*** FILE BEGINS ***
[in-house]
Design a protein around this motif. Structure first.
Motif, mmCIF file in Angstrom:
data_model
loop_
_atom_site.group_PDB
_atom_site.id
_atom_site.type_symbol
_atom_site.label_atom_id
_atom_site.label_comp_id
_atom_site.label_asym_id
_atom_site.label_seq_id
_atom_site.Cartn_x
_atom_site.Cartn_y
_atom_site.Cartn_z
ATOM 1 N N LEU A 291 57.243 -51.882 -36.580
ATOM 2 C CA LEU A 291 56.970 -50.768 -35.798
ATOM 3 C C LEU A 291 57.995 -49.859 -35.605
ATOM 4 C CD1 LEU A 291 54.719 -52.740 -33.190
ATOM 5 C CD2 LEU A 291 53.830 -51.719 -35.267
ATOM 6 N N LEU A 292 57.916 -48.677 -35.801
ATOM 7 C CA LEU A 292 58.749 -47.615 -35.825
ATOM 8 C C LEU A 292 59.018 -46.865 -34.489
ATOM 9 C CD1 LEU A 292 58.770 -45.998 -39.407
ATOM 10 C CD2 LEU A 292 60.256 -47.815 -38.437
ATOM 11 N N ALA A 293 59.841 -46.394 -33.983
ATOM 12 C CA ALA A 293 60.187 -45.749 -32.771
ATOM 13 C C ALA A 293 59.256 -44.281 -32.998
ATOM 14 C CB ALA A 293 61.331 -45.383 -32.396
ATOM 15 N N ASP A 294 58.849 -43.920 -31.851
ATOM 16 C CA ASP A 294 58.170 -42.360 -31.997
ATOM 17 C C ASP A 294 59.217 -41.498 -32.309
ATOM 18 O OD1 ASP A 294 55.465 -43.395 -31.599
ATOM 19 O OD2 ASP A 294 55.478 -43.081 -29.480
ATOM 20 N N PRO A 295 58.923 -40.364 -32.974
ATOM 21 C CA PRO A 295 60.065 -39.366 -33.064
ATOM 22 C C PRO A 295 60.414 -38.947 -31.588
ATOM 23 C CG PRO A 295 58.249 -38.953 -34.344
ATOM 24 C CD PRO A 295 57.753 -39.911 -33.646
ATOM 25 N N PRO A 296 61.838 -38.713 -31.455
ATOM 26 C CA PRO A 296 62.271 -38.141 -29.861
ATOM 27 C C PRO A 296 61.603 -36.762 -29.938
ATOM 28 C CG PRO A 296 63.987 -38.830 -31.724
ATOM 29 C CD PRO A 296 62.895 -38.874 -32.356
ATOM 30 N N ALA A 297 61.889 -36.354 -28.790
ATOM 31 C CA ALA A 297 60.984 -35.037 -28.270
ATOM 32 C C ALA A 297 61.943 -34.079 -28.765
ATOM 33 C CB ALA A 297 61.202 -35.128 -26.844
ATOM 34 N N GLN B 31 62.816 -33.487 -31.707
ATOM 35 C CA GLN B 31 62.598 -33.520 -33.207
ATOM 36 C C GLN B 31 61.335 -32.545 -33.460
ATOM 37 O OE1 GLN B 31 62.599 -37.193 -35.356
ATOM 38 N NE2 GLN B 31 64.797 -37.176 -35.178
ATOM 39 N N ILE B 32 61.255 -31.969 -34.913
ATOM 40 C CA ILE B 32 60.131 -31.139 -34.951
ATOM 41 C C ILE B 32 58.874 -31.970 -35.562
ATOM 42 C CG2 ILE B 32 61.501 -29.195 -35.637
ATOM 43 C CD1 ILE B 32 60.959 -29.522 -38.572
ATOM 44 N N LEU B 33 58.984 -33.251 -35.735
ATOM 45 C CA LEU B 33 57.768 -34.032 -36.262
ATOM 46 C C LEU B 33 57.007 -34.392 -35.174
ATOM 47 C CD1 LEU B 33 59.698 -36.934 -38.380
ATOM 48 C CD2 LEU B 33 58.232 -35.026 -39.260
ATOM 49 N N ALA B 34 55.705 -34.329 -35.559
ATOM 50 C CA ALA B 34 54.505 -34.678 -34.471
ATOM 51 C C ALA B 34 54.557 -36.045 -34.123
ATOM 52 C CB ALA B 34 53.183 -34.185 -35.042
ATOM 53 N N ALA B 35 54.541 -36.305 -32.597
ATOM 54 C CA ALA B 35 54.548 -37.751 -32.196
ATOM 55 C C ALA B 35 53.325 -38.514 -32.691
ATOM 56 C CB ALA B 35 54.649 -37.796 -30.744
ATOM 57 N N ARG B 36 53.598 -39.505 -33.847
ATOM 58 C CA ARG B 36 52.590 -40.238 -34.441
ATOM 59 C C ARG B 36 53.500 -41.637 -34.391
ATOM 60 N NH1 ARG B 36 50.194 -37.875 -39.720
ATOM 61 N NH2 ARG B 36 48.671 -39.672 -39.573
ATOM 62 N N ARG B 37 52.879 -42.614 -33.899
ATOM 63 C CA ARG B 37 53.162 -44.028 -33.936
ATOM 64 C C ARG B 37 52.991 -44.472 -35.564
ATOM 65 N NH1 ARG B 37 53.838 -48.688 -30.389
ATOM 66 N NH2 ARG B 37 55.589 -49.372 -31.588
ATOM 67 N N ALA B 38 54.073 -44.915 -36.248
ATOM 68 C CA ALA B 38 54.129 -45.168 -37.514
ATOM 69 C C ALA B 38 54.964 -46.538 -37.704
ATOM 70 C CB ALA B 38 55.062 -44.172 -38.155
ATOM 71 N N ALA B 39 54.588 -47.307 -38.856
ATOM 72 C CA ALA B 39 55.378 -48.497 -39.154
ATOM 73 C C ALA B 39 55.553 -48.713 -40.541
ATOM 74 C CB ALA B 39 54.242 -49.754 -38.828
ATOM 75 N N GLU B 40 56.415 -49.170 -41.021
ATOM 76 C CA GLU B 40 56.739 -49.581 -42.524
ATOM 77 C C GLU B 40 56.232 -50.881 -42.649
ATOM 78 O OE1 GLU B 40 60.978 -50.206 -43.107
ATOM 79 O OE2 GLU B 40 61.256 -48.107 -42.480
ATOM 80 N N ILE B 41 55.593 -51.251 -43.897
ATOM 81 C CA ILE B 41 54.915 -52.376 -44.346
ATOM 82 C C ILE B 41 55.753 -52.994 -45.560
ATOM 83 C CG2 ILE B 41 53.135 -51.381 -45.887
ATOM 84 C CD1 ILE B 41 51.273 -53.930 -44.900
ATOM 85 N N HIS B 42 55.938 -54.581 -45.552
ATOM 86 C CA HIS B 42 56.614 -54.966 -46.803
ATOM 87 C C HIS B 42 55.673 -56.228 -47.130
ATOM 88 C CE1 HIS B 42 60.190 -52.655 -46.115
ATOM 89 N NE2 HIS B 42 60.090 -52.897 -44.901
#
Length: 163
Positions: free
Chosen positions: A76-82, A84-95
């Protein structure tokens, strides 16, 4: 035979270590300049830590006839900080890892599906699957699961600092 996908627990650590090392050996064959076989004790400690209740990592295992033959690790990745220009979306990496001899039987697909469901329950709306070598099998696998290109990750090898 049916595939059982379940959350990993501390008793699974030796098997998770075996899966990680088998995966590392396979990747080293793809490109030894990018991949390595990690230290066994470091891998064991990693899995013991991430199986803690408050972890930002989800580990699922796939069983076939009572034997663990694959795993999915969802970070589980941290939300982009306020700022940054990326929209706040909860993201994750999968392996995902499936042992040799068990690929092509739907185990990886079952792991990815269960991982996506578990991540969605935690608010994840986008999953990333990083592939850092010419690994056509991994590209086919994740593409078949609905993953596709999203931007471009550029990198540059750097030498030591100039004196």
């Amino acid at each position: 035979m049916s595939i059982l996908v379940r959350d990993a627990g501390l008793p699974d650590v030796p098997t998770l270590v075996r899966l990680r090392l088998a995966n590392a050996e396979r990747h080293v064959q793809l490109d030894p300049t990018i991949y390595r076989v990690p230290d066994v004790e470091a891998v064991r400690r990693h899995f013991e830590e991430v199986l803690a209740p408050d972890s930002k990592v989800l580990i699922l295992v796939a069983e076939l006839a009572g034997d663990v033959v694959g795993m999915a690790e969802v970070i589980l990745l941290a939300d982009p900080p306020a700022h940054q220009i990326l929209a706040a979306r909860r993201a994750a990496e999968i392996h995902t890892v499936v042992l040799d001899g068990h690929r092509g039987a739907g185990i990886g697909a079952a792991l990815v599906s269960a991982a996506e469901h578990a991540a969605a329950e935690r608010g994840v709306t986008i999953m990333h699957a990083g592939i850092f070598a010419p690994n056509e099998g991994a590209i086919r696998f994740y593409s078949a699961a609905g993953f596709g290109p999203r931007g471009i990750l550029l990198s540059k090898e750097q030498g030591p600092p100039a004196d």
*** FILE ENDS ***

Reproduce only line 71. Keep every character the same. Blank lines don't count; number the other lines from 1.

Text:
ATOM 56 C CB ALA B 35 54.649 -37.796 -30.744